Although I have since meet Samuel in person multiple times now, my feeling is that our relationship is somehow irrevocably conditioned by a type of digital logic. More fundamental though – our relationship is primarily performative. And so, as a way of giving potential audiences a taste for how Samuel and I work together and understand each other, as well as offering something like an insight into the piece that we have collaboratively developed, I present the following montage/teaser made up of some of the media that Samuel and I have exchanged with each other.

-Michael Baldwin

WEISSLICH 4 – Composer/Artist Interviews

Tomorrow at 8pm, WEISSLICH returns to Hundred Years Gallery to present the first concert of our 2015-16 season. Beforehand we asked each of the six featured participants to respond to a few prompts about their contributions. Read on for responses to the following:

[1] What’s one thing you would like the audience to know about your piece / thing?

[2] Tell us an anecdote that relates to your piece / thing.

[3] It’s Halloween and you’ve turned into a werewolf! Who would you have replace your slot at WEISSLICH?

Robert Blatt – All Together Now
[1] Sitting still is optional.

[2] Florida is a region known for sinkholes, which are mostly naturally occurring collapses of surface sediment into often large underground cavities formed by the dissolution of limestone. They can emerge suddenly, and some people have been swallowed alive by these geological events. I moved to Miami a little over a year ago, and not long after arriving, I started to feel tremors shaking my house. I became concerned. Was the earth about to eat me?

I soon found out that Miami is a region with a very low probability of sinkhole formation of any substantial size; however, living in the outskirts of the city, I happen to reside not far from a quarry. Periodically the miners find it necessary to blow up the bedrock. Their blast schedule is even posted online. It turns out the sinkhole I was worried about my house collapsing into was fiction. I was merely feeling the formation of a different type of hole in the limestone, but in this case caused by the use of dynamite.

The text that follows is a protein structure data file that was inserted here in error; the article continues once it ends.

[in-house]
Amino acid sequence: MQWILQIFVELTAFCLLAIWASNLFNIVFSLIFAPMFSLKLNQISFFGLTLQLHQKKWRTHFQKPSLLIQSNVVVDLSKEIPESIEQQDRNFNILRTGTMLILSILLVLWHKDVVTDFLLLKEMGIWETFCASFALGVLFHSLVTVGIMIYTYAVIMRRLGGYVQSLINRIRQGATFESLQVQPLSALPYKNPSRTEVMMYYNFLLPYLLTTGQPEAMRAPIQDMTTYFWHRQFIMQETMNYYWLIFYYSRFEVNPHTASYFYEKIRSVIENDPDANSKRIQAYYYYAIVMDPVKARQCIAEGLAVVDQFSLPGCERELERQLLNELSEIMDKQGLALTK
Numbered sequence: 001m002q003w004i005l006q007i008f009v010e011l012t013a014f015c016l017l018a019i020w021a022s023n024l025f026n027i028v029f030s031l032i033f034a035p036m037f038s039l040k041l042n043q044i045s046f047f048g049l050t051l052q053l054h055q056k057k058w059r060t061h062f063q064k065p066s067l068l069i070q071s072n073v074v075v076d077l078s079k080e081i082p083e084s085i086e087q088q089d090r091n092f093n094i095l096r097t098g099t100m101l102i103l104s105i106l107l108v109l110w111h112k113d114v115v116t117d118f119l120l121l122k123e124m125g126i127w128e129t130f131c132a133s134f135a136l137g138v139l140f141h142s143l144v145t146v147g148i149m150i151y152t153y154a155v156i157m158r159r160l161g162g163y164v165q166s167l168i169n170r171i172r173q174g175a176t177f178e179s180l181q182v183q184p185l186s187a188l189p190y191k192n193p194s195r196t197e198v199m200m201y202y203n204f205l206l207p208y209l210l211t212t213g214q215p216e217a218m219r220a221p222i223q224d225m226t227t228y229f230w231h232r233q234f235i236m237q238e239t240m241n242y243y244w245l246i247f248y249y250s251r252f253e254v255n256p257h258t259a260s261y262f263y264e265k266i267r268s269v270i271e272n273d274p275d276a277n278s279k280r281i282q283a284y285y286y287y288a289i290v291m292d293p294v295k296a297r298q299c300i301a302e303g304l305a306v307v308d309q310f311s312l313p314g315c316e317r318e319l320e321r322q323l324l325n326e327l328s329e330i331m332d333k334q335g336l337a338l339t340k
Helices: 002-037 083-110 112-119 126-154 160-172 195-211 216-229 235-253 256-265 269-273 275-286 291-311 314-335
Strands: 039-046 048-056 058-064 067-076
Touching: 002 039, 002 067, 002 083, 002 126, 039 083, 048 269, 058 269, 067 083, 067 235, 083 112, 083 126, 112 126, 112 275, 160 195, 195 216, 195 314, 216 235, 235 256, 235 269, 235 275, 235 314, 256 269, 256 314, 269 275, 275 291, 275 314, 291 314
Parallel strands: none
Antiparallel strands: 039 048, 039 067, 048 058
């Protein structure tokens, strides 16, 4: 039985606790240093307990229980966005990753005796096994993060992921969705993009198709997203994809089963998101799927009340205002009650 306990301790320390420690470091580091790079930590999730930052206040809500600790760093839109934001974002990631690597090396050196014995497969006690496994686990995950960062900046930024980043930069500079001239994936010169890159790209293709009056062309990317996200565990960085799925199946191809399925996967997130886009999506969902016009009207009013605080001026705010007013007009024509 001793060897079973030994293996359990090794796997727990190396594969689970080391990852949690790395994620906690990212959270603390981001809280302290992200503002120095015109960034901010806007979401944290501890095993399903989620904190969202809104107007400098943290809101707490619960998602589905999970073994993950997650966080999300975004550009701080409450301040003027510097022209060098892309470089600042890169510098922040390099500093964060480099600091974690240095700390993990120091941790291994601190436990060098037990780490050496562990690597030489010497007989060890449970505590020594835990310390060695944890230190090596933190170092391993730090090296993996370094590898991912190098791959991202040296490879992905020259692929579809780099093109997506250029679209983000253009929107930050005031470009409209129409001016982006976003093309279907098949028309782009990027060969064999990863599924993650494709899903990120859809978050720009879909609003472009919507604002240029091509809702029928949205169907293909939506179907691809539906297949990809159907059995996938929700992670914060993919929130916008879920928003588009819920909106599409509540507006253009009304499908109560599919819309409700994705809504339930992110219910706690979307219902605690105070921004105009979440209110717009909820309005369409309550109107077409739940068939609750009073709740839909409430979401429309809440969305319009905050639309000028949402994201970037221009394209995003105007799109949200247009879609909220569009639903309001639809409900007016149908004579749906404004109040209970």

[3] Guillaume de Machaut

Eleanor Cully – new work
[1] This is my first solo performance of my own music.

[2] ppppppp

[3] My friend and flautist Marta Buzow, whom I am staying with at the weekend. We used to play together every week in the brilliant New Noise ensemble at Brunel University and she taught me in my final year there.

Beavan Flanagan – No sweeter sound than my own name
[1] It’s about a person, it’s about an object, it’s about a person being an object.

[2] It was pointed out to me that the piece had certain scatological undertones. I personally think this was a reflection of the people who thought this more than of the piece itself :-)

[3] Gary Numan (on one condition: he wouldn’t be permitted to perform any of his music from the mid 90s onwards)

David Pocknee – Cipher For The Lighthouse Twins
[1] It was premiered last month in Miami by Inlets Ensemble.

[2] I swear the printer was laughing over the phone when they confirmed my order for this piece was ready.

[3] Trond Reinholdtsen or Parkinson Saunders. 

Leo Svirsky – singer-songlewieser medley
[1] I’ll be doing a “singer-songleweiser medley” with songs and miniatures from Michael Pisaro, Christian Wolff, and Antoine Beuger, with some liberties taken in the Wolff songs.

[2] When he came to the Hague, Christian Wolff told me that Cardew’s only political song that really made it into the working class repertory was the “Bethanienlied”, a protest song against a free clinic being turned into a center for contemporary art by the city of Berlin. Cardew organized a concert with Christian Wolff, and Frederic Rzewski which the working class audience was pretty bored with, except for one point where Cardew performed his variations on the Bethanienlied. The audience sang along with the theme, and booed when the first variation came (instead of the second verse).

[3] Jeromos Kamphuis, even though he’s a vampire.

[1] Skateboarding is a supremely beautiful art which makes cities more interesting, more liveable and tells us things about space we couldn’t know otherwise. Skaters are urban dowsers of texture, angle and energy flows; to be able to witness what they do is a privilege and we should support them. Long Live South Bank.

[2] Anton Lukoszevieze had a birthday coming up, and it was a number which ends in “0”. He joked he would like a piece as a gift, something “which will make me feel I’m not getting old, like about skateboarding.” I was reading a book about skateboarders and their use of urban space at the time, and had already been thinking of doing something about skating.

[3] Tony Hawk

We look forward to having you along tomorrow!